A Look Back at 2019 Bug
By Dan Gurfinkel, Facebook Security Engineering Manager
February 10, 2020
Over the past nine years, our bug bounty program has played a critical role in helping us quickly detect and fix vulnerabilities and spot new security trends. In 2019, the program hit a number of milestones, including, for the second year in a row, awarding our highest bug bounty payout to date.
In this post, we’ll share a few of the 2019 highlights, including our continued collaboration with some of the world’s most talented researchers who have helped us strengthen the security of our services.
In September, we hosted a one-day live hacking event in Canada with around 50 top security researchers in our program from around the world. One of the highlights was a find by Youssef Sammouda, who also ranked at the top of our whitehat leaderboard this year. This $65,000 bounty award surpassed last year’s largest bounty payout.
Youssef discovered a bug when performing a web query for an endpoint used to handle copyright management. Due to a misconfigured error response, a web query could have returned unintended data fragments from the copyrights endpoint. We patched this issue within hours of Youssef reporting it to us. After deploying the initial fix, we went on to do a thorough follow-up review using a combination of automated detection and manual code review. As a result, we fixed a broader framework in the way errors were handled to prevent other endpoints from potentially returning similar data. As we always do, we have awarded the researcher based on the maximum possible impact of his report, rather than on the initial issue he reported to us.
Growing our Data Abuse Bounty program
In 2018, we launched a first-of-its-kind data abuse bounty program to reward people who report misuse of data by app developers so we can address it quickly.
We recently made our highest payout to date in this program at $30,000. In 2019, a group of security researchers led by Luyi Xing from Indiana University reported an issue where SDK providers were paying 3rd party app developers to use malicious SDKs in their apps, available in popular app stores. We worked with the researchers and other impacted tech companies to understand the full scope of this activity. As a result, we removed the apps from our platform for violating our policies and issued cease and desist letters against these SDK providers. This kind of collaboration with our industry peers and researchers is exactly why we launched the data abuse bounty program so we can help make the wider internet ecosystem more secure.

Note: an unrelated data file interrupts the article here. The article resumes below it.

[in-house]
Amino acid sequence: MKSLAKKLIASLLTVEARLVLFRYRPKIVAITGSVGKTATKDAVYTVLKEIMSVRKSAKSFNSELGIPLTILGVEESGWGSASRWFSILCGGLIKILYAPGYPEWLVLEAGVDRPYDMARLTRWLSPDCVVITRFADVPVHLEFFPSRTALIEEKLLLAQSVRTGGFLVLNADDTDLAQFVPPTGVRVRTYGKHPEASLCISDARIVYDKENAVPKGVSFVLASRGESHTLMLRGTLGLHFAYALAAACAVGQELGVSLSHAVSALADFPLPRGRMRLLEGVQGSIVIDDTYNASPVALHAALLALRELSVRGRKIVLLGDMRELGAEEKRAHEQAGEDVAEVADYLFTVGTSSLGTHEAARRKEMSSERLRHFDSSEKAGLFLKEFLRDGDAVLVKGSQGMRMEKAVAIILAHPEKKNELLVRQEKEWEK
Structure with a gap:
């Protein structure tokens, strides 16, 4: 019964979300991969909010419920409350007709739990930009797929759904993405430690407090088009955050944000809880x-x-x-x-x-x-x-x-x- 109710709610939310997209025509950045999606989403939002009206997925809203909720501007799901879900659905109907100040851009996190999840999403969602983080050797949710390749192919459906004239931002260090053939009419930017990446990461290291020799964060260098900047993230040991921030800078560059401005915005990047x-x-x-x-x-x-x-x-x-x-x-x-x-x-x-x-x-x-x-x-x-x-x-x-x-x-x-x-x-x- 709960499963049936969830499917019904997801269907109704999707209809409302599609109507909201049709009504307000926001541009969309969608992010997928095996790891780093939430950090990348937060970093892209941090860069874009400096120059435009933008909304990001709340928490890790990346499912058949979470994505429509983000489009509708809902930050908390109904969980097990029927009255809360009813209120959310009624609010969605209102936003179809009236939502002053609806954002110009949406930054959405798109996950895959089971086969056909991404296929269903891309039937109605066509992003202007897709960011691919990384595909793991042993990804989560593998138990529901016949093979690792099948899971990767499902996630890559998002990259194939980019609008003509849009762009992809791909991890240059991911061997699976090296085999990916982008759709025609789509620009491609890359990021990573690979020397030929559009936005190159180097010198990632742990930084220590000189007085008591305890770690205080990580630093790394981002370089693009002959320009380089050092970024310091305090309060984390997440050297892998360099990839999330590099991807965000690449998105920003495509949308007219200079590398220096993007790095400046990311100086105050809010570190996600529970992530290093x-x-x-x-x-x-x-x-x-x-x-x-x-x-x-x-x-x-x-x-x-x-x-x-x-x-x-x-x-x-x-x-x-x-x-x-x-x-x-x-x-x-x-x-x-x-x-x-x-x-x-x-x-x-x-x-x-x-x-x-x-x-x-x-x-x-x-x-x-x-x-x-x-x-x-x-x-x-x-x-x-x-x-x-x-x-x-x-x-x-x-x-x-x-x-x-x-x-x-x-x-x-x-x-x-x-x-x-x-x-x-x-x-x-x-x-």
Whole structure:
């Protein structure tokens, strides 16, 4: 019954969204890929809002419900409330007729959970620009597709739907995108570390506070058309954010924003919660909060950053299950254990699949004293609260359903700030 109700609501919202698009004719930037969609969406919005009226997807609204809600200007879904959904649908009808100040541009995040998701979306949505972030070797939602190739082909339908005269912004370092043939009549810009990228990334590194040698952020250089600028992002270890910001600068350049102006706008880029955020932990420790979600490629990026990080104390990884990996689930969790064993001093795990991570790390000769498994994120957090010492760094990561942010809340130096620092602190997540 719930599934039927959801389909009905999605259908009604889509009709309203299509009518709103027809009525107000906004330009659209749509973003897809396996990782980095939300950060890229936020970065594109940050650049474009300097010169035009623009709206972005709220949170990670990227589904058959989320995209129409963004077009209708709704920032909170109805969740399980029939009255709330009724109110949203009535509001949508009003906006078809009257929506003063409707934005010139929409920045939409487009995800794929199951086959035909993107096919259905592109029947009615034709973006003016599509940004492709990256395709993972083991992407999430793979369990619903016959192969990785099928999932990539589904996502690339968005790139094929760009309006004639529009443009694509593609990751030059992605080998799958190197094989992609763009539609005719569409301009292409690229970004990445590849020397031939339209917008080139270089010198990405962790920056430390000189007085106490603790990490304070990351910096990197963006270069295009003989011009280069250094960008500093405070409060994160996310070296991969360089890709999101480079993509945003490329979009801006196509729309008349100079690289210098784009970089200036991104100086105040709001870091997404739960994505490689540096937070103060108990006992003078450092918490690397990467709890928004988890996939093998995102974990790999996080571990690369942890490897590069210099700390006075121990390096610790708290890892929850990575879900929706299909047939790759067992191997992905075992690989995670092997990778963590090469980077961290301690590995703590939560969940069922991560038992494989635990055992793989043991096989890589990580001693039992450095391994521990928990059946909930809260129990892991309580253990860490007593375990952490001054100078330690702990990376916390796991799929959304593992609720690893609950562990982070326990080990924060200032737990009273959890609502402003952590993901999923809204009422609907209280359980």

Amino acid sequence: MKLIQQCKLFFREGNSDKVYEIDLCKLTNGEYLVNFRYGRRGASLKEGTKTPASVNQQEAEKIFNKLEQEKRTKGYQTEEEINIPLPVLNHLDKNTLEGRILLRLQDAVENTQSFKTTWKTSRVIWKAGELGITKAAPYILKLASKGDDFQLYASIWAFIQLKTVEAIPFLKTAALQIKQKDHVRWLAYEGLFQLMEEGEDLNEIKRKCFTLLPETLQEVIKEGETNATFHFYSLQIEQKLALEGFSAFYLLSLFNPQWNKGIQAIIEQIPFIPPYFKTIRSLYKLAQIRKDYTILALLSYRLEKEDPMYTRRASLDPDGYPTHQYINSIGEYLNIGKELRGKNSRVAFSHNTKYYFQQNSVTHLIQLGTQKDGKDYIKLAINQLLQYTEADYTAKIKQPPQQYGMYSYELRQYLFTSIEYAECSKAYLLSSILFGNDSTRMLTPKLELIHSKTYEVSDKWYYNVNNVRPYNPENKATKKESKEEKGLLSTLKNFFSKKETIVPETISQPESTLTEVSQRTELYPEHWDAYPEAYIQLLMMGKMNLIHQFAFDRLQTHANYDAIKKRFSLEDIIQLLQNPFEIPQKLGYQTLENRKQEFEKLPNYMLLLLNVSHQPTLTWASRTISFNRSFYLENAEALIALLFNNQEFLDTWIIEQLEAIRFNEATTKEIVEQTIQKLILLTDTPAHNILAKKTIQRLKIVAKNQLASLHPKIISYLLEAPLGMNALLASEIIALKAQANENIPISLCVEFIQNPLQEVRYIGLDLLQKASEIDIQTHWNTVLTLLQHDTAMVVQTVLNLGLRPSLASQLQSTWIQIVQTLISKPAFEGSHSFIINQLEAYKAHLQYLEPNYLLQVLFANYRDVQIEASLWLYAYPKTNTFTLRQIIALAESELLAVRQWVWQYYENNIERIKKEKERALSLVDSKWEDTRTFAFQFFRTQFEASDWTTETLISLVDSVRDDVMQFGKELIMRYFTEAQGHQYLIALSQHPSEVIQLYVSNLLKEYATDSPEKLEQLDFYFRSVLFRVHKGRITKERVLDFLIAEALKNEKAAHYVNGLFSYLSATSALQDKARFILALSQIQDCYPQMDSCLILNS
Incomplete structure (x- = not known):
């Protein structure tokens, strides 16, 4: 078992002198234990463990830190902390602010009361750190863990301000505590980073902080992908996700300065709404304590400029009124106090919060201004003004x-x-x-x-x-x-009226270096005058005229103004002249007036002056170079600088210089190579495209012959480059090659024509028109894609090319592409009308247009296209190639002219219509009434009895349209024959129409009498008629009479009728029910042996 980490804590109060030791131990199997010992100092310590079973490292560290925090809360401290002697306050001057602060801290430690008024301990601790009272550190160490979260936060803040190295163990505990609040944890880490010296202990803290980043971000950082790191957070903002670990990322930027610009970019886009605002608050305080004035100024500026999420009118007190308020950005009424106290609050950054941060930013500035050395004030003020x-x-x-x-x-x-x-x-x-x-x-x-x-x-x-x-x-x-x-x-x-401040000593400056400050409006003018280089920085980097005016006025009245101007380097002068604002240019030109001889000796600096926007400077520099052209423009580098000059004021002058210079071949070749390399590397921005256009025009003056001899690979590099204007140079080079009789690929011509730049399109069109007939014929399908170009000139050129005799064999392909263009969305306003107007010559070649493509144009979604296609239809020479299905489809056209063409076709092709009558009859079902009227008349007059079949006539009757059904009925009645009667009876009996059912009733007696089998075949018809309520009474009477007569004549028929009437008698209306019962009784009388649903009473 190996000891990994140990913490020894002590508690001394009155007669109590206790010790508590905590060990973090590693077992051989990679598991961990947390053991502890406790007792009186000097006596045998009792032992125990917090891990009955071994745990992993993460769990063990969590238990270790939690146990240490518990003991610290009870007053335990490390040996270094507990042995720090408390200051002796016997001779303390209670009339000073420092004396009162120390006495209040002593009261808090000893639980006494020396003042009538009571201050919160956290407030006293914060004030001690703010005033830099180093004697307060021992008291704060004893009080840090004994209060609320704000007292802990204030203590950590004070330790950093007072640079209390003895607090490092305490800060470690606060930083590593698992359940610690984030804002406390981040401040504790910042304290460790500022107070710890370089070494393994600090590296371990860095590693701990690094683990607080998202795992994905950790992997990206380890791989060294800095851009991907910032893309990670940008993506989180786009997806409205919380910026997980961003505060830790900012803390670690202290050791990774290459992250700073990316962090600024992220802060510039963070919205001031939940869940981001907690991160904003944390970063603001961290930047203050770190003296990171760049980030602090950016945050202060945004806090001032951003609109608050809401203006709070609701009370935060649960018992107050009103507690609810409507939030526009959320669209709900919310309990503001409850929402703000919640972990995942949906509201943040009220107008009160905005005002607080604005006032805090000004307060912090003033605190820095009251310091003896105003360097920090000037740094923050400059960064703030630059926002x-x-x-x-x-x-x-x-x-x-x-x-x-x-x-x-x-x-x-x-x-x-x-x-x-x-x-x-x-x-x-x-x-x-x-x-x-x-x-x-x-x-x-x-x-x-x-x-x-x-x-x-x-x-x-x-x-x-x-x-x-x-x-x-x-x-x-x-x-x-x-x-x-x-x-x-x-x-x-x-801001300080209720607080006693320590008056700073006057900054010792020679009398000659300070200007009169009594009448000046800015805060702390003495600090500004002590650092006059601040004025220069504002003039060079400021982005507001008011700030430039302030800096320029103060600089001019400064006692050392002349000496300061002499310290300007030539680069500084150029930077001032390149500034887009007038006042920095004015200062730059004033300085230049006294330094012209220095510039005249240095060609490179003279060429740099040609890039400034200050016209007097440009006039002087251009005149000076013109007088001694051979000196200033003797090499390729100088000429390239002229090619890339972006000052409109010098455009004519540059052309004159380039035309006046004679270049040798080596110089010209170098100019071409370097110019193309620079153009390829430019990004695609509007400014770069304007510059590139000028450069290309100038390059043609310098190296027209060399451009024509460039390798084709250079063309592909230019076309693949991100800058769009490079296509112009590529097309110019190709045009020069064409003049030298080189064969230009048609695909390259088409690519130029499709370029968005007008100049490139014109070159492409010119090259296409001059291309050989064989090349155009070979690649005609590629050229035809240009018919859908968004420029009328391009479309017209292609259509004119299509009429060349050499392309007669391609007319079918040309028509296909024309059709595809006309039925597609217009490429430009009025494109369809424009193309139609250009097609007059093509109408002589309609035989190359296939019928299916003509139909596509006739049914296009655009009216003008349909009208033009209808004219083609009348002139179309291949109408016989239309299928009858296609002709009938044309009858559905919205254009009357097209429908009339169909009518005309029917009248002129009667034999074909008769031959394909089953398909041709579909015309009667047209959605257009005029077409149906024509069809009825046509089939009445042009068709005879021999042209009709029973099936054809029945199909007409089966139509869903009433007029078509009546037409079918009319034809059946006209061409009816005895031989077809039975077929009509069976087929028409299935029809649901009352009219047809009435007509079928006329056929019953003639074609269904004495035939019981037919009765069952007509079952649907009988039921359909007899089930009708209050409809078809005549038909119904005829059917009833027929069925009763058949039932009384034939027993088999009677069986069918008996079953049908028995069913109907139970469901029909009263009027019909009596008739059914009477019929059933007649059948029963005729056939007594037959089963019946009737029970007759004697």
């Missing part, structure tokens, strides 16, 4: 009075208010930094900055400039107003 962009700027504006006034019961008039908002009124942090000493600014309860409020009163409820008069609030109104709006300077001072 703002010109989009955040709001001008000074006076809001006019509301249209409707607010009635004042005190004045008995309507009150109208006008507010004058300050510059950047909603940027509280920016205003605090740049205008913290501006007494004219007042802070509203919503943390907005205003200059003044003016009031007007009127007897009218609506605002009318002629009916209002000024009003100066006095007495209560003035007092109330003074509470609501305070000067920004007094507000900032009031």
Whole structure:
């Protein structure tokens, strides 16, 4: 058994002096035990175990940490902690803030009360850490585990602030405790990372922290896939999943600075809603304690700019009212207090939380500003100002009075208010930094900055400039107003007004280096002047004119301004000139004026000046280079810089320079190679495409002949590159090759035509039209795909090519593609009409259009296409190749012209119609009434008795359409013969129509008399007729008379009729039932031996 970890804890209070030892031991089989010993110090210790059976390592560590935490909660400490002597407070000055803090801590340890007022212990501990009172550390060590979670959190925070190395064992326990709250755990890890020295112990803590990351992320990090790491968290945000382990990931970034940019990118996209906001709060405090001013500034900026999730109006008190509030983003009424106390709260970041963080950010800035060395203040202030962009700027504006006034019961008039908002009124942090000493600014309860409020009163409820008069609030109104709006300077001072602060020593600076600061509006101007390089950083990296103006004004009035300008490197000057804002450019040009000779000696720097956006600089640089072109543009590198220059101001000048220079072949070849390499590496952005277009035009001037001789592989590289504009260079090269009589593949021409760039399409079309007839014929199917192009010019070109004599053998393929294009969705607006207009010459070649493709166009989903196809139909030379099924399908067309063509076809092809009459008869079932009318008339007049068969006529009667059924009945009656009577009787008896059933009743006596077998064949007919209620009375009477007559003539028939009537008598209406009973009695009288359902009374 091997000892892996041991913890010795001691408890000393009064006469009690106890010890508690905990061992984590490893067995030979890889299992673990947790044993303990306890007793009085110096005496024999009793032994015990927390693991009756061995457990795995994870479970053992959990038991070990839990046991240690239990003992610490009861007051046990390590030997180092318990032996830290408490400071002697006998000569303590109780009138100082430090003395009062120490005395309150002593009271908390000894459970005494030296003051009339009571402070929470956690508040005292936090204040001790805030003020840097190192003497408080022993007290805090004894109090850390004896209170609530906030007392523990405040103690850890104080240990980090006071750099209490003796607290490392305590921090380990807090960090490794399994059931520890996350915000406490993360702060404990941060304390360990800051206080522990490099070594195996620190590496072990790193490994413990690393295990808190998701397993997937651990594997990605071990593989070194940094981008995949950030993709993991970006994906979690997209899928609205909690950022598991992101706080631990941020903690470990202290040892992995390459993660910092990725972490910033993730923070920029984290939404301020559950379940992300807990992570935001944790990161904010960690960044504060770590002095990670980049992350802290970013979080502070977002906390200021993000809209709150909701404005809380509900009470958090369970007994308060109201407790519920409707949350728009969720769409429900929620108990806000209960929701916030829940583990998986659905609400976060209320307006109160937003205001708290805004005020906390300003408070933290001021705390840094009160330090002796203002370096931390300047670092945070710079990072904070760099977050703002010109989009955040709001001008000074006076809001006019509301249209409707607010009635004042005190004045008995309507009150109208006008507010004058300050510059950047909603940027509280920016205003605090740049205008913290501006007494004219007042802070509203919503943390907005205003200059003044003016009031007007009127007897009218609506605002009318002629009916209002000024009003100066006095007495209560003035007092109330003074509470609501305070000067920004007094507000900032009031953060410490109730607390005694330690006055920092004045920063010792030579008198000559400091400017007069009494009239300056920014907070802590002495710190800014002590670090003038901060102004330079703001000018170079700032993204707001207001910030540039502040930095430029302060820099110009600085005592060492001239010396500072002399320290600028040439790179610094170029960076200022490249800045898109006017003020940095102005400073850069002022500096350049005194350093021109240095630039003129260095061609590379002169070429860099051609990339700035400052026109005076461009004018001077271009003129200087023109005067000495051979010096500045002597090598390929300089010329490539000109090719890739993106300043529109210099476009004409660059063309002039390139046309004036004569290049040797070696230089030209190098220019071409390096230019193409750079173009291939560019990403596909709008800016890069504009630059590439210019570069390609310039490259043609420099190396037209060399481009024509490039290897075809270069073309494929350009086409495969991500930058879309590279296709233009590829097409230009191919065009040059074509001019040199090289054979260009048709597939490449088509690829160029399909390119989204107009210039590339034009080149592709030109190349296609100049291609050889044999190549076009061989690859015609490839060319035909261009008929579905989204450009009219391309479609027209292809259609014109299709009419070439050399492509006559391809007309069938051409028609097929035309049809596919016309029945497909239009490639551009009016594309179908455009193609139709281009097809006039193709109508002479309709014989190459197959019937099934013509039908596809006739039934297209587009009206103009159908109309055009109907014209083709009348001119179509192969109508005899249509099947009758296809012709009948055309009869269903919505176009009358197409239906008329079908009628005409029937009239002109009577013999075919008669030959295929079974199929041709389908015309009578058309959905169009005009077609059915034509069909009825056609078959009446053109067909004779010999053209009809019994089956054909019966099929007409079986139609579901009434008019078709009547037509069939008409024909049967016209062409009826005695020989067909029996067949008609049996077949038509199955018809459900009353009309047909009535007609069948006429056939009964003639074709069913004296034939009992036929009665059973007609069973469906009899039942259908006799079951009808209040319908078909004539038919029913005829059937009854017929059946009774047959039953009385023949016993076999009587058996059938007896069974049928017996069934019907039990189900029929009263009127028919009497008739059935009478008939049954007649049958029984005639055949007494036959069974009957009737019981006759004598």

Expanding the scope of the Bug Bounty program
In 2019, we also expanded the scope of our Data Abuse Bounty program to include Instagram, provided additional incentives for researchers to test our native products and made it easier to test for mobile vulnerabilities.
In particular, we want to spotlight the following updates:
Connecting with the bug bounty community
Finally, we partnered with Google to run BountyCon in Singapore, an event dedicated to building relationships with researchers in the Asia-Pacific region and sharing practical approaches for discovering and reporting high-quality vulnerabilities. At BountyCon, we also hosted a live hacking event where we awarded $120,000 in bounty payouts for 40 valid bug submissions. Thanks to this conference, new researchers joined our program and we have already received high quality bug reports from them.
We’re bringing back BountyCon to Singapore in April 2020 and you can find more details on the conference and eligibility criteria here.
We want to thank everyone who contributed to the growth of our program in 2019 and look forward to our continued collaboration this year to keep our platforms secure!